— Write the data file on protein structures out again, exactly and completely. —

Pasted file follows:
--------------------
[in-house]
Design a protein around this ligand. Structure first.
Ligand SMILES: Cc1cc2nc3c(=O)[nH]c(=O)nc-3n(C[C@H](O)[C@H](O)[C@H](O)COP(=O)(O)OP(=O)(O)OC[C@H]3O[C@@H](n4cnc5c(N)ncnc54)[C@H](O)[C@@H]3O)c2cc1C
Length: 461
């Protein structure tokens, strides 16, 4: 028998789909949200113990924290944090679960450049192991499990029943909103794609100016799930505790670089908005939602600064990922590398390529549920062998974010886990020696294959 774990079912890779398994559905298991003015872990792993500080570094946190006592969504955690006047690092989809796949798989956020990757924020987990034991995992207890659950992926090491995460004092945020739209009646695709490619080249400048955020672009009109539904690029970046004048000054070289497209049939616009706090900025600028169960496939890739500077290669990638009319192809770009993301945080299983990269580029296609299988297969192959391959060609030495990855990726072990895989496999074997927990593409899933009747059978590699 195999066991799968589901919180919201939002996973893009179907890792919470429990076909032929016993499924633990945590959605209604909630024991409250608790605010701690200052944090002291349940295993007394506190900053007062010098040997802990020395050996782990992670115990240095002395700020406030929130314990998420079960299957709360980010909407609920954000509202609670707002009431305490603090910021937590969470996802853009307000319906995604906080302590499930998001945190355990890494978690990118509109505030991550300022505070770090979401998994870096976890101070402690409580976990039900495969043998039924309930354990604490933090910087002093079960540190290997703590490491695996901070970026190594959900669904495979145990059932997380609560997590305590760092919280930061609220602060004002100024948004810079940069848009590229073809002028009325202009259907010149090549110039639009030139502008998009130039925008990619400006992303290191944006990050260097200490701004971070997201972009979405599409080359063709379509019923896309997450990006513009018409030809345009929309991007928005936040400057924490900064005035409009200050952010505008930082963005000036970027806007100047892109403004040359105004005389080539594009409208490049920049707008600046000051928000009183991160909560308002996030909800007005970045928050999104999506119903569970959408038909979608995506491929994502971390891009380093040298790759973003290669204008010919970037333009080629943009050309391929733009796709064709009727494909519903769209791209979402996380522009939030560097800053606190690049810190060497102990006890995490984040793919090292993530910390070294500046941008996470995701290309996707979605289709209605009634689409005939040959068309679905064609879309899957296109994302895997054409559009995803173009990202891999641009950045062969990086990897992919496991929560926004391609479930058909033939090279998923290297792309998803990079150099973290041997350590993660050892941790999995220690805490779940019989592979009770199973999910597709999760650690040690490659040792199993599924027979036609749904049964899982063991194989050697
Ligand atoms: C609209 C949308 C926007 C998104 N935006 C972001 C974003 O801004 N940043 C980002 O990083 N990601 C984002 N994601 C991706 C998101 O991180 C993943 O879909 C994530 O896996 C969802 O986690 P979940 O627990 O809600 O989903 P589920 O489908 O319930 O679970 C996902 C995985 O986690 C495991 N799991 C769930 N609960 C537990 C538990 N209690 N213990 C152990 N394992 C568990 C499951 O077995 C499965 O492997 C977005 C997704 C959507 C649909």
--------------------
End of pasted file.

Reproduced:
[in-house]
Design a protein around this ligand. Structure first.
Ligand SMILES: Cc1cc2nc3c(=O)[nH]c(=O)nc-3n(C[C@H](O)[C@H](O)[C@H](O)COP(=O)(O)OP(=O)(O)OC[C@H]3O[C@@H](n4cnc5c(N)ncnc54)[C@H](O)[C@@H]3O)c2cc1C
Length: 461
């Protein structure tokens, strides 16, 4: 028998789909949200113990924290944090679960450049192991499990029943909103794609100016799930505790670089908005939602600064990922590398390529549920062998974010886990020696294959 774990079912890779398994559905298991003015872990792993500080570094946190006592969504955690006047690092989809796949798989956020990757924020987990034991995992207890659950992926090491995460004092945020739209009646695709490619080249400048955020672009009109539904690029970046004048000054070289497209049939616009706090900025600028169960496939890739500077290669990638009319192809770009993301945080299983990269580029296609299988297969192959391959060609030495990855990726072990895989496999074997927990593409899933009747059978590699 195999066991799968589901919180919201939002996973893009179907890792919470429990076909032929016993499924633990945590959605209604909630024991409250608790605010701690200052944090002291349940295993007394506190900053007062010098040997802990020395050996782990992670115990240095002395700020406030929130314990998420079960299957709360980010909407609920954000509202609670707002009431305490603090910021937590969470996802853009307000319906995604906080302590499930998001945190355990890494978690990118509109505030991550300022505070770090979401998994870096976890101070402690409580976990039900495969043998039924309930354990604490933090910087002093079960540190290997703590490491695996901070970026190594959900669904495979145990059932997380609560997590305590760092919280930061609220602060004002100024948004810079940069848009590229073809002028009325202009259907010149090549110039639009030139502008998009130039925008990619400006992303290191944006990050260097200490701004971070997201972009979405599409080359063709379509019923896309997450990006513009018409030809345009929309991007928005936040400057924490900064005035409009200050952010505008930082963005000036970027806007100047892109403004040359105004005389080539594009409208490049920049707008600046000051928000009183991160909560308002996030909800007005970045928050999104999506119903569970959408038909979608995506491929994502971390891009380093040298790759973003290669204008010919970037333009080629943009050309391929733009796709064709009727494909519903769209791209979402996380522009939030560097800053606190690049810190060497102990006890995490984040793919090292993530910390070294500046941008996470995701290309996707979605289709209605009634689409005939040959068309679905064609879309899957296109994302895997054409559009995803173009990202891999641009950045062969990086990897992919496991929560926004391609479930058909033939090279998923290297792309998803990079150099973290041997350590993660050892941790999995220690805490779940019989592979009770199973999910597709999760650690040690490659040792199993599924027979036609749904049964899982063991194989050697
Ligand atoms: C609209 C949308 C926007 C998104 N935006 C972001 C974003 O801004 N940043 C980002 O990083 N990601 C984002 N994601 C991706 C998101 O991180 C993943 O879909 C994530 O896996 C969802 O986690 P979940 O627990 O809600 O989903 P589920 O489908 O319930 O679970 C996902 C995985 O986690 C495991 N799991 C769930 N609960 C537990 C538990 N209690 N213990 C152990 N394992 C568990 C499951 O077995 C499965 O492997 C977005 C997704 C959507 C649909």